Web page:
Pakistan army chief intervenes in political crisis

Imran Khan, chairman of the Pakistan Tehreek-e-Insaf political party, addresses supporters while a boy gestures in front of the Parliament house building during the Revolution March in Islamabad on August 28, 2014. He told his supporters that talks t
Imran Khan, chairman of the Pakistan Tehreek-e-Insaf political party, addresses supporters while a boy gestures in front of the Parliament house building during the Revolution March in Islamabad on August 28, 2014. He told his supporters that talks to resolve the crisis had begun with army chief Raheel Sharif mediating. -- PHOTO REUTERS

ISLAMABAD (AFP) - Pakistan's army chief was named mediator on Thursday in a fortnight-long political crisis, fuelling speculation that the military could use the protests against Prime Minister Nawaz Sharif to re-assert its dominance over the civilian government.

Thousands of demonstrators led by populist cleric Tahir-ul-Qadri and politician Imran Khan have been camped outside the parliament building in Islamabad since August 15, demanding the prime minister step down.

Qadri and Khan announced General Raheel Sharif would mediate in the stand-off after the cleric earlier on Thursday rejected the government's decision to launch a murder investigation that named the prime minister as a suspect, saying it was not enough.

"The Pakistan army chief has officially asked us if it will be acceptable to the Azadi (freedom) march if he becomes a mediator and guarantor," Qadri told followers outside parliament Thursday.

"Do I have your consent?" he asked his audience, who loudly replied in the affirmative.

He added the army had asked for "24 hours for mediation".

The protests' other leader, cricket hero turned politician Imran Khan, confirmed the move in a separate speech.

"I want to tell you all that I will not disappoint you. The talks have already started," he added.

The leaders then left their camps to meet with the army chief, according to a military spokesperson on Twitter.

The two-week showdown at the heart of the capital has rattled the nuclear-armed state, and shaken Sharif's government just 15 months in to a five-year mandate.

As well as wide-ranging calls for political reform, Qadri has demanded police bring murder charges against Sharif over the killing of at least 10 of his followers in clashes with police in the eastern city of Lahore.

Earlier, a statement from the prime minister's office said that orders had been given to register a murder case against senior government officials including Sharif over the killing of Qadri's followers in an apparent last-ditch effort to resolve the crisis.

But Qadri rejected the move, complaining the police had not included the same terror charges which were levelled at the cleric and his supporters over the incident against members of the government.

Khan and Qadri have alleged massive cheating in the May 2013 poll that saw Sharif sweep to power with a huge majority, though international observers said the vote was largely free and fair.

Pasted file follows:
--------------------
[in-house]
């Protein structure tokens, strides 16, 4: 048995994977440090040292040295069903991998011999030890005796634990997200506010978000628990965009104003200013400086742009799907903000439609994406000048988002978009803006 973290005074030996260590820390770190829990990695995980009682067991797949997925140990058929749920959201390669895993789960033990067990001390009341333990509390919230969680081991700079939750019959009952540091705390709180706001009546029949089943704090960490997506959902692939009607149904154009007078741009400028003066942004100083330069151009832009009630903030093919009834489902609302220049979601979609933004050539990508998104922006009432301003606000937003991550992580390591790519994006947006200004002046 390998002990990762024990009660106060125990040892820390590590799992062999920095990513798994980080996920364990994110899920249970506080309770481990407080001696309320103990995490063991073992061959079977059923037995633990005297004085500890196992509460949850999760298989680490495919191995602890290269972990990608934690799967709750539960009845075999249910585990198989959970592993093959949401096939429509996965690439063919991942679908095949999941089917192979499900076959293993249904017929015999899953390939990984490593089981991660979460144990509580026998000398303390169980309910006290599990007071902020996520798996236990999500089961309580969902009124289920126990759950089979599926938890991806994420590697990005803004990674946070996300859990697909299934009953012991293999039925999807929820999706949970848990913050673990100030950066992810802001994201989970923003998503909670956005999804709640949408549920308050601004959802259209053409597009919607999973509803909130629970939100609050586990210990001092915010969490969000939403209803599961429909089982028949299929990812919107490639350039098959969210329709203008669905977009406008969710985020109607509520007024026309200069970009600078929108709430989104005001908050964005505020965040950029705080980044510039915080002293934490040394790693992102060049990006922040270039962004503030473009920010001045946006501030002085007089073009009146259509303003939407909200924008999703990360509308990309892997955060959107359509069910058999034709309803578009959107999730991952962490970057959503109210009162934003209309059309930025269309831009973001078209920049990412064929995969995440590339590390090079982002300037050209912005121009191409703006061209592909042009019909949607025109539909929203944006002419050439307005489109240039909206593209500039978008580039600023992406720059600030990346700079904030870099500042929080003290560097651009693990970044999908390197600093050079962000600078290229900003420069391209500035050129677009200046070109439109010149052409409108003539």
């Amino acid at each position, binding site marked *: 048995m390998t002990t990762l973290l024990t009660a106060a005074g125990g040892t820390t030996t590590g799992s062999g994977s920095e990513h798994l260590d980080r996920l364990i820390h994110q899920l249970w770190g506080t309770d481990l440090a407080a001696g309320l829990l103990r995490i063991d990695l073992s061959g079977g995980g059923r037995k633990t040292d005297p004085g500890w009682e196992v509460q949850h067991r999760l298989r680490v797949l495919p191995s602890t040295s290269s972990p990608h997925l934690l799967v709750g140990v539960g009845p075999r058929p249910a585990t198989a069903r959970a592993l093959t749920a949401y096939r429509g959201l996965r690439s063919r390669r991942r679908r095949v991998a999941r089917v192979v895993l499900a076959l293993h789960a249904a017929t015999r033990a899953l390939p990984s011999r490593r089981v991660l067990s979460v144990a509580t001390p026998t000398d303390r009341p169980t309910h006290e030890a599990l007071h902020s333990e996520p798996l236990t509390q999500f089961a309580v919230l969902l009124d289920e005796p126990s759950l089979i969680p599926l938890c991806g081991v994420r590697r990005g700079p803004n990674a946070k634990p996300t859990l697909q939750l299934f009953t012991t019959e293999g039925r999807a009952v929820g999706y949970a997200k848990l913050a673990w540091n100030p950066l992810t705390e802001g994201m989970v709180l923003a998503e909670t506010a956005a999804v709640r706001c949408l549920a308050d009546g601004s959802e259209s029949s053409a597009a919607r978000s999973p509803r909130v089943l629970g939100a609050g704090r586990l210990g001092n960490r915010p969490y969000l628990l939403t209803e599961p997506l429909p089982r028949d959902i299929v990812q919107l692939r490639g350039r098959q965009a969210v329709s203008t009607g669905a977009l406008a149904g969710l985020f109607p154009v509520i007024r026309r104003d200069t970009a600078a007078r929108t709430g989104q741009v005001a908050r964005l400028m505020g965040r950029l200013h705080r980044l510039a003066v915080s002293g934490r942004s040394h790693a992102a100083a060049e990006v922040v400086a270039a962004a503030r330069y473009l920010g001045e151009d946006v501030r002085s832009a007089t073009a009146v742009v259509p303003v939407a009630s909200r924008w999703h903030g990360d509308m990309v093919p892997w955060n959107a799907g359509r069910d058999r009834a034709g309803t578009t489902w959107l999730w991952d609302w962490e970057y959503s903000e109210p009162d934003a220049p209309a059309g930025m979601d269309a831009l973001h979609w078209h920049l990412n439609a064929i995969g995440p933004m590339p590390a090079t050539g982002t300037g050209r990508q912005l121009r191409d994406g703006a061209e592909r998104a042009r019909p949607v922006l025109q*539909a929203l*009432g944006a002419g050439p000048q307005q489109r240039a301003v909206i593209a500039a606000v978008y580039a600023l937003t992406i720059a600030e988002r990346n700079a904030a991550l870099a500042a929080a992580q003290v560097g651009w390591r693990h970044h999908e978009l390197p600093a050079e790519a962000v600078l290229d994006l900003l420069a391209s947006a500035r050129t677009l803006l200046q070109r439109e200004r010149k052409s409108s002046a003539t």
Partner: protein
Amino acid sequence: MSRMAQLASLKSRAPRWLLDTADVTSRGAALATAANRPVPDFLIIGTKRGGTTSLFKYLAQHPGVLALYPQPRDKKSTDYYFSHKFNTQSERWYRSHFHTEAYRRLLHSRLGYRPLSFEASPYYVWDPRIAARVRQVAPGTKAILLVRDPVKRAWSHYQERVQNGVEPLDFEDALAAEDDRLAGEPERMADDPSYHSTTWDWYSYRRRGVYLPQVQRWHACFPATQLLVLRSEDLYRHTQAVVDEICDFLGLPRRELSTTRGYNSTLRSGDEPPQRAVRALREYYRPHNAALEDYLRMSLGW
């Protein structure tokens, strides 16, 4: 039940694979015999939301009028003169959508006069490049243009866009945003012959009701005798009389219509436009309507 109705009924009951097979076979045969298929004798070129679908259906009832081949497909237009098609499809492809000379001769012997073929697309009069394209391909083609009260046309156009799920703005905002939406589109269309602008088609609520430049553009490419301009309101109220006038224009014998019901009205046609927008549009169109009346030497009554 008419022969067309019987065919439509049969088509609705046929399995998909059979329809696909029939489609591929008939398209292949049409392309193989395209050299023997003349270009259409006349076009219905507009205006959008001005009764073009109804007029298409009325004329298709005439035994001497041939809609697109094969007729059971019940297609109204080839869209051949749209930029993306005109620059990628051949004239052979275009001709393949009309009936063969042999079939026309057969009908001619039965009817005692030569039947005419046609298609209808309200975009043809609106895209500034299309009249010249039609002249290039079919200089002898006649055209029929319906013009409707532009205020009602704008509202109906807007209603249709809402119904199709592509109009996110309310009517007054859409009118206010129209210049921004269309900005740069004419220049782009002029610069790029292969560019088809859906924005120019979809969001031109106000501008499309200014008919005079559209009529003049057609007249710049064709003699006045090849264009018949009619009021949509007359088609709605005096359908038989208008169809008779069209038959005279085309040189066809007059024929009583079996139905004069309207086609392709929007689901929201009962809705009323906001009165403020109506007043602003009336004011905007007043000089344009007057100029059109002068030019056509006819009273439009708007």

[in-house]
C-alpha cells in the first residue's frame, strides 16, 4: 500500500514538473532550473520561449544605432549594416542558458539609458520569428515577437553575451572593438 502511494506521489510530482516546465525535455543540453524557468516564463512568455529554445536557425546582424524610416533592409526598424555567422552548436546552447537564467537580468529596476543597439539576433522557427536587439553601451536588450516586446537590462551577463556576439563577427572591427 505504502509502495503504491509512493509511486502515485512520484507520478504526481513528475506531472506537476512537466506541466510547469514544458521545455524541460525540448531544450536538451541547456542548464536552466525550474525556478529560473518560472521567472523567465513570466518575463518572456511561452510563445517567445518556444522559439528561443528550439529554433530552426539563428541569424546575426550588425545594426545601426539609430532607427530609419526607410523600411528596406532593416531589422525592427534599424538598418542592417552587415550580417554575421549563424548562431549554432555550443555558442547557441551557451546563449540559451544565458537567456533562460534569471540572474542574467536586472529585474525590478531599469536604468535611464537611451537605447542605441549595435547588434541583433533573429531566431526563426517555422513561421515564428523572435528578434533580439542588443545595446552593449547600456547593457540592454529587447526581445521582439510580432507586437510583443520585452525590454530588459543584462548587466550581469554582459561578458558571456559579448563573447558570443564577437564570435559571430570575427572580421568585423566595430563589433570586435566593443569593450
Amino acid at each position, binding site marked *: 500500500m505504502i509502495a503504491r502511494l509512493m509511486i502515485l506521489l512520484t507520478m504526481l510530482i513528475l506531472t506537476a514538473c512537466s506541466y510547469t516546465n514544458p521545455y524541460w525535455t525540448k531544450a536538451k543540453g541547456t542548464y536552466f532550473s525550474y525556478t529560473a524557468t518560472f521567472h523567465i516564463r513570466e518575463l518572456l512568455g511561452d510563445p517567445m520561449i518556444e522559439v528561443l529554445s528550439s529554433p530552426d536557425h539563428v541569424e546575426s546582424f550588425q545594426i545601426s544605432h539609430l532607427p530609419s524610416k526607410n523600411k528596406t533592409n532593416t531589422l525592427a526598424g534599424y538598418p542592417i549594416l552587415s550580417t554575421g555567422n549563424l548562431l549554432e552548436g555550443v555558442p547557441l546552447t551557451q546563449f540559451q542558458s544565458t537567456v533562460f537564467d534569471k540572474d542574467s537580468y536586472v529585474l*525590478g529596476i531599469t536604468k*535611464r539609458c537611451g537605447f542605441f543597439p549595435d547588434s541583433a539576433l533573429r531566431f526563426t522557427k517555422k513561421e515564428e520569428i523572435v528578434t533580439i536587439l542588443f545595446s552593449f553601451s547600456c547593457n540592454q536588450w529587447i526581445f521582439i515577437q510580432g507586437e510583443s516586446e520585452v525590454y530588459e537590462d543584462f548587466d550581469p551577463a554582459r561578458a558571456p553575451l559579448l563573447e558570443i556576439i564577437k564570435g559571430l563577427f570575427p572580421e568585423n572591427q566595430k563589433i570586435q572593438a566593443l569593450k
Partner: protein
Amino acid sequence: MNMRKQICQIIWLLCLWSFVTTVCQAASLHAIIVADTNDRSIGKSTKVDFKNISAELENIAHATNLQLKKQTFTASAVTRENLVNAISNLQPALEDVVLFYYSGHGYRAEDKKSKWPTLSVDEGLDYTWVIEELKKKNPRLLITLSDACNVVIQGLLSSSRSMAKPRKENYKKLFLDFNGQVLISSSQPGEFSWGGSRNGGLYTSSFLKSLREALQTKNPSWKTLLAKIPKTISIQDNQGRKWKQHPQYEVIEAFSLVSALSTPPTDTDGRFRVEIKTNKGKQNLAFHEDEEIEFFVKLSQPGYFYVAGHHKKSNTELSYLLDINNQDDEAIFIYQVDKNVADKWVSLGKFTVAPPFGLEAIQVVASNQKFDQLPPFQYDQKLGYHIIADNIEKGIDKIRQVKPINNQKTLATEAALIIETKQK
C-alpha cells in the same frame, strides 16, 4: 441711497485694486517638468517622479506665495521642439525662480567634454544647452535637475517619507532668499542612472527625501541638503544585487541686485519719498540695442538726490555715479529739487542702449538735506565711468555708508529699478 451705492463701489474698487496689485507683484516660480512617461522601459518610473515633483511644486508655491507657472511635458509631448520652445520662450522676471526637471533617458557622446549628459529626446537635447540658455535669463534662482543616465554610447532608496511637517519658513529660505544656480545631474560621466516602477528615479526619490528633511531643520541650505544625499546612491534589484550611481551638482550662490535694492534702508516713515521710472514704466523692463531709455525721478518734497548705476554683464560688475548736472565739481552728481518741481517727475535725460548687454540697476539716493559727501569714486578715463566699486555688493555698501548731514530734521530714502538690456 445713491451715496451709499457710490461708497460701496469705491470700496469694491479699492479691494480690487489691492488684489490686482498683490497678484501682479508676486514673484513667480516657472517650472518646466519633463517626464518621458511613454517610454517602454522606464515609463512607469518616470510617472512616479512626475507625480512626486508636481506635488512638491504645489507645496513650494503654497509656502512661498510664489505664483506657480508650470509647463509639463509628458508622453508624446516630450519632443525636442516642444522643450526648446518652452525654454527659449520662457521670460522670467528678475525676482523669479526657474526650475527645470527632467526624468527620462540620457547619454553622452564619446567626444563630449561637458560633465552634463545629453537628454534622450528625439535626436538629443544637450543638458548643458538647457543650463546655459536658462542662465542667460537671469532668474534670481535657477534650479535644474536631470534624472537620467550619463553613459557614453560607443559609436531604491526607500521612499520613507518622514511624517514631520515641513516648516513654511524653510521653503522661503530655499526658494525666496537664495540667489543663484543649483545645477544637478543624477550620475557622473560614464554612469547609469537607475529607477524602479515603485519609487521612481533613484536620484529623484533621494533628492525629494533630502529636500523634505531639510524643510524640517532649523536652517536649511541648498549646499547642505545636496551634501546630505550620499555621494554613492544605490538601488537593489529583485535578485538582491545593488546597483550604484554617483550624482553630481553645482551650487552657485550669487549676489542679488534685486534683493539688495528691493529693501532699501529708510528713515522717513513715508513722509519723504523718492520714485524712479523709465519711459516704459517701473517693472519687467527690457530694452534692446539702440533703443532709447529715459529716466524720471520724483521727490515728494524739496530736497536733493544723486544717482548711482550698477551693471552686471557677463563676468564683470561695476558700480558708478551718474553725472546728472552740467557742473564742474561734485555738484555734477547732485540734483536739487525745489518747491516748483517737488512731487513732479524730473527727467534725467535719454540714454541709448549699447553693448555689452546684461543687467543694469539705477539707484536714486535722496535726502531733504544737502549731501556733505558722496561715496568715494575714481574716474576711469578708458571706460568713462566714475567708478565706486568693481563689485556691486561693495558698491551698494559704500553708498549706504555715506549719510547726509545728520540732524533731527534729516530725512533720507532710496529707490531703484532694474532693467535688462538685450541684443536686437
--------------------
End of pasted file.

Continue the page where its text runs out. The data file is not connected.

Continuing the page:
The two protest movements are not formally allied, but they have gained strength from one another, and Khan's position would be weakened if Qadri ended his vigil.

In a country that has seen three military coups, the threat of army intervention has cast a shadow over virtually every moment of political crisis.

Sharif met the powerful army chief to discuss the standoff earlier Thursday, the second such meeting in three days.

The two men agreed to "take necessary measures for resumption of stalled process of negotiations for an expeditious resolution in the best national interest", a statement from the PM's office said.

Analyst Imtiaz Gul said that Sharif was likely to survive the crisis, but would need to make major concessions to the army in exchange for its support.

"It may not necessarily culminate in the resignation of Nawaz Sharif but as of now he seems to have surrendered a lot of political authority. He will emerge as a much weakened Prime Minister," said Gul.

The army is widely viewed as hostile toward Sharif's efforts to normalise ties with India, and wishes to allow former military ruler Pervez Musharraf, who is facing treason charges, to leave the country.

A military-negotiated end to the crisis would also lend credence to the view, held by many analysts, that the army and its intelligence agencies have been providing material aid to the opposition groups.

The government has set up a judicial commission to investigate poll rigging claims and a parliamentary committee to examine electoral reform, but neither move satisfied the protest leaders.

The protests have so far been peaceful, with security forces - deployed in huge numbers in the capital - taking a hands-off approach to the demonstrations.

Neither protest movement has mobilised mass support beyond their core followers, and other opposition parties have shunned Khan's call to unseat the government and begin a campaign of civil disobedience.

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